So the majority of my last two weeks in the North Field at Vindolanda have been spent working on what we hope will turn out to be a large flue of a firing kiln. Andrew Birley, the Director of Excavations for the Vindolanda Trust, was visiting our trench last week, as he does almost every day, to check in on our progress. He took a long look at a section of our north extension and after viewing the layout of a number of large stones, and the small firing oven found last year, thought that there may be a flue of a larger kiln heading further to the north. I was given the task of excavating this section and it has been amazing so far. The archaeology has been extremely interesting, and the finds I have made in the last week and a half have been excellent indicators that this is in fact a flue for a kiln.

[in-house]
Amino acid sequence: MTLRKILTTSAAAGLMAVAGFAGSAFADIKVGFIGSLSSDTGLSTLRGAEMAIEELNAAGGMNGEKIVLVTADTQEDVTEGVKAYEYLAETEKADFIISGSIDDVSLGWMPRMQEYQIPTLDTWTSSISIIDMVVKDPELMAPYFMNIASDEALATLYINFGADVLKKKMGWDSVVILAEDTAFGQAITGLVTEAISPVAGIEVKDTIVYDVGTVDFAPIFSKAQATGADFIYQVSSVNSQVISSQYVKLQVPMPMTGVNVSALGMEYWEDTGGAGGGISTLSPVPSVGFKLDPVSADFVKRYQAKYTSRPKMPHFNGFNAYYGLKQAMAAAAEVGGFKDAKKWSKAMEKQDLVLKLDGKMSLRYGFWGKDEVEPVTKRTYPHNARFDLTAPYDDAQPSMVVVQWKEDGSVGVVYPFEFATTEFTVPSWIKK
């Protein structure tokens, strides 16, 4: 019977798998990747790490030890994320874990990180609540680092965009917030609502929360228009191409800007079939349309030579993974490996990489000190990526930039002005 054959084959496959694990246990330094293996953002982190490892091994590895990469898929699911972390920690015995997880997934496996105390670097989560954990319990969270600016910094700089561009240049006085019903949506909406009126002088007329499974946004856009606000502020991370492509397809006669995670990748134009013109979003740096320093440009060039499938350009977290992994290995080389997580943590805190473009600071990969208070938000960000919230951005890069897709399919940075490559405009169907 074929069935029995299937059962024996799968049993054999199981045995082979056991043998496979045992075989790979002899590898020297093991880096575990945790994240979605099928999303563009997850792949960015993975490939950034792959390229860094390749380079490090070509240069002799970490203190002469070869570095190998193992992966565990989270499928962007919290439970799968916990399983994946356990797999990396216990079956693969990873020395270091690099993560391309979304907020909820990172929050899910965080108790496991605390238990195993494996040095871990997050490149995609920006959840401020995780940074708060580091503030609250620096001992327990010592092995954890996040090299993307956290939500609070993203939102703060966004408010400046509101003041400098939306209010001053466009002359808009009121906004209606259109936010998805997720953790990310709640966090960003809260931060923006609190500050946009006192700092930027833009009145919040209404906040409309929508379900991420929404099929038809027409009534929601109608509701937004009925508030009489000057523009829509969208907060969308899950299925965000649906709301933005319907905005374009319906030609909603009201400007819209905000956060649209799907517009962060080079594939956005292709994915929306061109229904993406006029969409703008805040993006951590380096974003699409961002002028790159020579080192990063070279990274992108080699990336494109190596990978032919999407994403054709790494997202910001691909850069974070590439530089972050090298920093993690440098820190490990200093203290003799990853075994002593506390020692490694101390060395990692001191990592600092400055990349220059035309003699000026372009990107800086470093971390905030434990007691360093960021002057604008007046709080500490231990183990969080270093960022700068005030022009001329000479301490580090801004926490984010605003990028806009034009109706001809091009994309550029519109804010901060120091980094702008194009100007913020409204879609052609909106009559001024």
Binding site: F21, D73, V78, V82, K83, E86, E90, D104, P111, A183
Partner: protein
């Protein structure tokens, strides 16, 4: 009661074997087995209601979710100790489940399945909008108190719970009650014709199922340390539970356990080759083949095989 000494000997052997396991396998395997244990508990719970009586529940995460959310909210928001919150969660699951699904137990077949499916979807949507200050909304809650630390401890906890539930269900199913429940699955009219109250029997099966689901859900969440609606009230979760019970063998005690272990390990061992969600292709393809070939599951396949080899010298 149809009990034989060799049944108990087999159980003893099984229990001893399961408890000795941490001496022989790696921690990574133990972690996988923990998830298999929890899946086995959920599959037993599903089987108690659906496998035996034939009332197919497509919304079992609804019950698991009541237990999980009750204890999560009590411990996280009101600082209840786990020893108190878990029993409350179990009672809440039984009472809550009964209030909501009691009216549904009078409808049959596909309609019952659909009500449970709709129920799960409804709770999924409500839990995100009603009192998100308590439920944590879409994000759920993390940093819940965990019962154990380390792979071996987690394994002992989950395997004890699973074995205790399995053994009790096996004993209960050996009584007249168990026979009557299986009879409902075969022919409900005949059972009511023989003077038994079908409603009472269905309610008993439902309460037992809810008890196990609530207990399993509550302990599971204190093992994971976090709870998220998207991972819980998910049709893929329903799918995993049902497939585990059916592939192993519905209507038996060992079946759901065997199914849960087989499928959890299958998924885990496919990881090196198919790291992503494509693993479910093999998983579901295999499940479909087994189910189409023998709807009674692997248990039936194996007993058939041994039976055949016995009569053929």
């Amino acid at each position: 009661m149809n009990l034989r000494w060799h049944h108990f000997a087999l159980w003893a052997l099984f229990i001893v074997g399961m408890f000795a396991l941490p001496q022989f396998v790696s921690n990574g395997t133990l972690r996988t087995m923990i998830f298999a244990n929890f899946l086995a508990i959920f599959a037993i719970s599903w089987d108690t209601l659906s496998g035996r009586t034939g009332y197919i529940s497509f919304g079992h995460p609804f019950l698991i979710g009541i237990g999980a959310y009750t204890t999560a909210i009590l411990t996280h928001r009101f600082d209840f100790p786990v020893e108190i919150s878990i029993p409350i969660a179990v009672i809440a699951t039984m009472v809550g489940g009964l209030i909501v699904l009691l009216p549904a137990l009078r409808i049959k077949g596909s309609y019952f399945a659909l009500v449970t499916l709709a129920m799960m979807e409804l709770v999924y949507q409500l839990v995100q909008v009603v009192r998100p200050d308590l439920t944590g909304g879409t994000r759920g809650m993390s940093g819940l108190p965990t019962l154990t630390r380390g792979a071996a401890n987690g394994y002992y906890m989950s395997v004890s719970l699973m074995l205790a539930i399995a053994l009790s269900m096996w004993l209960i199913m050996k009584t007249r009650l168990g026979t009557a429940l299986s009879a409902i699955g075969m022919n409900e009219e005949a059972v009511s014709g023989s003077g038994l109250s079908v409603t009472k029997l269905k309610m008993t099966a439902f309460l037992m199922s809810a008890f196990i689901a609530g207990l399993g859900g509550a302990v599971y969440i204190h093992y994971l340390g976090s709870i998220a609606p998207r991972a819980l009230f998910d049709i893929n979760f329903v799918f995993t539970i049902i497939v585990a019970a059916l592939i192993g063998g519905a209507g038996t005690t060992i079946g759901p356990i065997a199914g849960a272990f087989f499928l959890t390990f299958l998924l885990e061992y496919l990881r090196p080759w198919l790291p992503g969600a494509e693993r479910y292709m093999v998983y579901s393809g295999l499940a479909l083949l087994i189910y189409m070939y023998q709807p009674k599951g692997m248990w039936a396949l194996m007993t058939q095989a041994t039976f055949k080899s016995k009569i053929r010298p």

I started by excavating what was thought to be the mouth of the kiln, which opens up to a much larger ash pit that was excavated last year. The mouth of the “flue” contained large amounts of ash, as well as large sandstone blocks, which are typical of Roman construction techniques. These blocks were part of a large stone wall on the eastern side of the flue (as you can see in the picture above). This sandstone block wall runs 4 courses deep and is made of finely cut rectangular stones, providing a sturdy support wall. Not only was the mouth of the pit found to contain large amounts of ash, but the stones that make up this large wall are burnt black in a number of locations suggesting that there were extreme amounts of burning and heat in this area. Along with the large burnt material, and the charred stones, pieces of sandstone that were completely burnt through were found within this course along with a number of large chunks of clay tile. I have yet to fully uncover this feature, but hopefully by the end of the week I will have more to report.